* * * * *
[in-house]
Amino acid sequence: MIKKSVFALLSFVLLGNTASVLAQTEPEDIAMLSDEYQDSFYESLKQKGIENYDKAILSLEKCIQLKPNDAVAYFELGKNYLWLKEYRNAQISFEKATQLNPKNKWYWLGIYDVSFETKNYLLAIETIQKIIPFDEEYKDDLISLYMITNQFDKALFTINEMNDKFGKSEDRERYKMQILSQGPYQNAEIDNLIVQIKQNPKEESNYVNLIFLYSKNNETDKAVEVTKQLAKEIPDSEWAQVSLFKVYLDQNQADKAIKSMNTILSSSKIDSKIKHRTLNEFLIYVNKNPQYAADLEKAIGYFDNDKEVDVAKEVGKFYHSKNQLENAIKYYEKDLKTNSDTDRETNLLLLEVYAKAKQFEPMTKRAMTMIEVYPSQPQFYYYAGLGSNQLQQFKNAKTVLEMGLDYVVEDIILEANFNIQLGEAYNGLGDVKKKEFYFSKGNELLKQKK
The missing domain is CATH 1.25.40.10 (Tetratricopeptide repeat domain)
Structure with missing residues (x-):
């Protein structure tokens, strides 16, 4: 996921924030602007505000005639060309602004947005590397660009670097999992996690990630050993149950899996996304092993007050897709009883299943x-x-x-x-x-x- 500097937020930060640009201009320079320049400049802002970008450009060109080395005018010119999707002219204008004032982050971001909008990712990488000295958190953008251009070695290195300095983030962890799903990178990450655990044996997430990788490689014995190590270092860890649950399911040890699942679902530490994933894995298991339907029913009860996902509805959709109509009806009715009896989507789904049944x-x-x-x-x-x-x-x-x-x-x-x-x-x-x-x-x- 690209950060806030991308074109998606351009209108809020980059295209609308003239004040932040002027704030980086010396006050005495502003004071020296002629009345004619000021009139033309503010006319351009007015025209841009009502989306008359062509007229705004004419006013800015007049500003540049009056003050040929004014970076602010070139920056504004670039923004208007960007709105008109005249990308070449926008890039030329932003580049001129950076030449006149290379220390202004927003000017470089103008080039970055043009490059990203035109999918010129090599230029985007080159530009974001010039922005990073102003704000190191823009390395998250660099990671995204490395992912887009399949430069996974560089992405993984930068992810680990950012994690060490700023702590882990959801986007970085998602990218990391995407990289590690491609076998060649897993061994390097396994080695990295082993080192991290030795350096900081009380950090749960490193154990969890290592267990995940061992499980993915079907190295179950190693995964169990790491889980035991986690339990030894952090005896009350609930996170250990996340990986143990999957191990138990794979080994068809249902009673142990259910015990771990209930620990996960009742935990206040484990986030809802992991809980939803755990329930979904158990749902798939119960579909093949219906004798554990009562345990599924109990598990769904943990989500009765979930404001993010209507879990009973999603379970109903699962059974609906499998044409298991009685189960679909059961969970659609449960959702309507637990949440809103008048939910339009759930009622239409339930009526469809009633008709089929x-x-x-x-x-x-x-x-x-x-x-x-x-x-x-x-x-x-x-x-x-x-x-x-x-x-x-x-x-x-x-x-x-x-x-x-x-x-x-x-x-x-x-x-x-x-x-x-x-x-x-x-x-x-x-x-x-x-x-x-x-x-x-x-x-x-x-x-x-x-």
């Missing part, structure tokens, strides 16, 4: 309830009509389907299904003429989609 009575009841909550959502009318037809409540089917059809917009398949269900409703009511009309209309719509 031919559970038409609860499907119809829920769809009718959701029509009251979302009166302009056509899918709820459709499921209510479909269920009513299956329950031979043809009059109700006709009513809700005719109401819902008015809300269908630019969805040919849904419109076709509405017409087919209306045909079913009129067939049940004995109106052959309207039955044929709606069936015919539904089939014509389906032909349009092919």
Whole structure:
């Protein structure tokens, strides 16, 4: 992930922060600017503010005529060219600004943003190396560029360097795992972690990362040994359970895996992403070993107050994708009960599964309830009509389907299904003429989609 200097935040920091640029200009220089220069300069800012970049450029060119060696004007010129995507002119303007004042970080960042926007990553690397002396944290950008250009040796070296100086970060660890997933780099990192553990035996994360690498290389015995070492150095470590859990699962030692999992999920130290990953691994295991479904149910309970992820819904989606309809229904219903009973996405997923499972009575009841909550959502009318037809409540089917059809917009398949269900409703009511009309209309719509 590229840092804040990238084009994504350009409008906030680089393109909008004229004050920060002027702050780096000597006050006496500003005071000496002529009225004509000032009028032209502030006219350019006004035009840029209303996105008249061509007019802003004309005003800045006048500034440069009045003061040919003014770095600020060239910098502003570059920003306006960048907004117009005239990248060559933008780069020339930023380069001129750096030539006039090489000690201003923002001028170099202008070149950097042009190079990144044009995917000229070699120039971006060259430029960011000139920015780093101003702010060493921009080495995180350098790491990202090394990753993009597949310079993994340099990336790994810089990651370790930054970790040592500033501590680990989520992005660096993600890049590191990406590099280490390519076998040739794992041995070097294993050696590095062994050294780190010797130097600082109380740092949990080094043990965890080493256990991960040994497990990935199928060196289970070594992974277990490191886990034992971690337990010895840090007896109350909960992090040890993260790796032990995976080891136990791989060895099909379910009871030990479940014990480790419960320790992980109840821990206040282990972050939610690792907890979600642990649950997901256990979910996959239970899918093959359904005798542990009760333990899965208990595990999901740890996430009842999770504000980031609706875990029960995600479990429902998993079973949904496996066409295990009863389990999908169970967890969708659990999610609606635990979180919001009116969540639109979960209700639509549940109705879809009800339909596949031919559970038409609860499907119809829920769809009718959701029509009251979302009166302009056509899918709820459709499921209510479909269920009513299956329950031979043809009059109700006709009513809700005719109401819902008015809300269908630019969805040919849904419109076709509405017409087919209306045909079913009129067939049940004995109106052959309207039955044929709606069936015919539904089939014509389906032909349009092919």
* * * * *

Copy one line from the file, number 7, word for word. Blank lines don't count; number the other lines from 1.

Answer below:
Whole structure: